Help Nepal: take a holiday there :: By JAMIE DAVIES
A recent event hosted by the Nepal Embassy in Bangkok makes it clear that the country needs visitors to aid recovery
Following the earthquakes that brought death and destruction to Nepal on April 25 and May 12, the government of Nepal recently assured visitors that Nepal is once again safe and ready to welcome tourists.
Out of 75 districts, only 11 are affected and only three trekking routes remain closed.
“While the damage from the earthquake was extensive, the vast majority of the country was unaffected. The safety and security of visitors is one of the government’s top priorities, as re-establishing the tourism industry is vital to Nepal’s recovery,” stressed Nepal’s ambassador to Thailand, Khaga Nath Adhikari, at the recent “Nepal is Safe: Visit Nepal, Help Nepal” event held at the Holiday Inn Silom Hotel in Bangkok.
Major tourist sites such as Lumbini, Kathmandu Valley, Chitwan National Park and Sagarmatha National Park have not been affected. Popular tourist activities such as trekking, kayaking, ziplining and mountaineering are still operating. The only exceptions are the three trekking routes of Langtang, Manaslu and Gaurishankar, which remain closed.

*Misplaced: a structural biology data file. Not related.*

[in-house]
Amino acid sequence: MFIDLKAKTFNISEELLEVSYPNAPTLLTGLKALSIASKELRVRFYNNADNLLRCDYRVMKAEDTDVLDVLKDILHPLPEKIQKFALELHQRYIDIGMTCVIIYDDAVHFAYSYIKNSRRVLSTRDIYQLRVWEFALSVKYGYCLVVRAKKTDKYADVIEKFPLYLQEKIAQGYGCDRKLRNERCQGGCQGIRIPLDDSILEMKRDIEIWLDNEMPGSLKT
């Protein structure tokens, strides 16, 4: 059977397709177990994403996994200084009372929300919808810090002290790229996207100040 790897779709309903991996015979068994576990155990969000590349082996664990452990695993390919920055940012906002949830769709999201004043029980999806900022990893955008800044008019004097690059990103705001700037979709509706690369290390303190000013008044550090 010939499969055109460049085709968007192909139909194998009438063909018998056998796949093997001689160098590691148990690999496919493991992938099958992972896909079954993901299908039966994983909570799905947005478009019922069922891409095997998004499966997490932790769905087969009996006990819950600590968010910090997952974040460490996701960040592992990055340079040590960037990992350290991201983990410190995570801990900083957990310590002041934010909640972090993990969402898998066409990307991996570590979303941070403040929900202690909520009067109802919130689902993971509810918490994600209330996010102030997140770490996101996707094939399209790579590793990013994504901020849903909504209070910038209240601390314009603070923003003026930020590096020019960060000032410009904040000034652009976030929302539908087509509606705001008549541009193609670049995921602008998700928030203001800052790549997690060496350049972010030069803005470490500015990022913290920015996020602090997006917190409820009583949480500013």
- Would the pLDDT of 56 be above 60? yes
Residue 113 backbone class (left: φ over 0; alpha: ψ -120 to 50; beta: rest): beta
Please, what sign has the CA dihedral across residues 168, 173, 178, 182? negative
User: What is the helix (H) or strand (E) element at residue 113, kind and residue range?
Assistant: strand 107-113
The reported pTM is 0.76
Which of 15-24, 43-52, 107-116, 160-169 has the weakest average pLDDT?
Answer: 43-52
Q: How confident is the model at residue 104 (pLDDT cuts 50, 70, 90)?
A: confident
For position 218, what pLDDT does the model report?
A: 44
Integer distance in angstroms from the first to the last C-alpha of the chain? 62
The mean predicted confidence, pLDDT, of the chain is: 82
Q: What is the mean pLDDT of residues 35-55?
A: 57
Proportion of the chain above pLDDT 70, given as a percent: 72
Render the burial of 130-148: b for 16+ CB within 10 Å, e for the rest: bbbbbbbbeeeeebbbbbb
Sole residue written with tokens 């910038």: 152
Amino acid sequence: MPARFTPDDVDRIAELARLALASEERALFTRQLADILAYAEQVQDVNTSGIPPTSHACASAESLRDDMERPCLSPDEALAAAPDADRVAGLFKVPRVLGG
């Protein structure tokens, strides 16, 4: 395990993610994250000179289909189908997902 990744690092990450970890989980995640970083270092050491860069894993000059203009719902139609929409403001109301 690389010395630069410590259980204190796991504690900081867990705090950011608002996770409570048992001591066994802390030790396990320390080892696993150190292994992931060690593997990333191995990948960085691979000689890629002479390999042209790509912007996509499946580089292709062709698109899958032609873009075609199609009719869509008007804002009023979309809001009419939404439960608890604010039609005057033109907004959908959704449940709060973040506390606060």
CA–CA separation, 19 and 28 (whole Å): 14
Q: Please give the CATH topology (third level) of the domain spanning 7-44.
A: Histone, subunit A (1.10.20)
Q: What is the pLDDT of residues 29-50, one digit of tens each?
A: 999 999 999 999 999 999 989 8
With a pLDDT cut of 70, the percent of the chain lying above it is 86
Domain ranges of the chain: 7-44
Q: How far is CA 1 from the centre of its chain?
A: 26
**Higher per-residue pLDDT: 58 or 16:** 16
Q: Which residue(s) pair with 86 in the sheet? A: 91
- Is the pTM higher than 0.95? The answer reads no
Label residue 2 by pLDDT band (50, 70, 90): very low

A strict examination process by expert committees has determined the safety of all affected areas. Any roads or structures that are not safe have been identified and are closed to the public, added deputy ambassador Dornath Aryal.
Thousands of Thais visit Nepal every year. The country does not want this to change and thus is enthusiastically promoting all that Nepal has to offer, such as the unique cultural diversity, beautiful natural scenery and the wide range of outdoor pursuits.
To encourage visitors, many hotels, attractions and agencies are offering discounts, sometimes of up to 50 per cent to help businesses recover. Even the visa office will be working overtime to try and ensure same day visa processing to make visiting Nepal as easy as possible.
The government’s push to promote tourism in the country comes after the earthquake that killed 8,789 and destroyed 511,390 houses and resulted in an estimated loss of 81.25 billion Rs (Bt26.8 billion) for the tourism industry. A second quake on May 12, while not as powerful as the first, is estimated to have killed more than 100 people.
“Despite concerns over continuing aftershocks, these pose no danger and do not indicate any further risk. While tourism will obviously assist with the economic recovery of Nepal, it is also hugely important for our country to return to normal to facilitate the psychological recovery of the its people,” the ambassador said.
:: Local artists arrive for a ritual dance as part of the opening of Bhaktapur to tourists at Darabar Square, Bhaktapur. (Photo:EPA)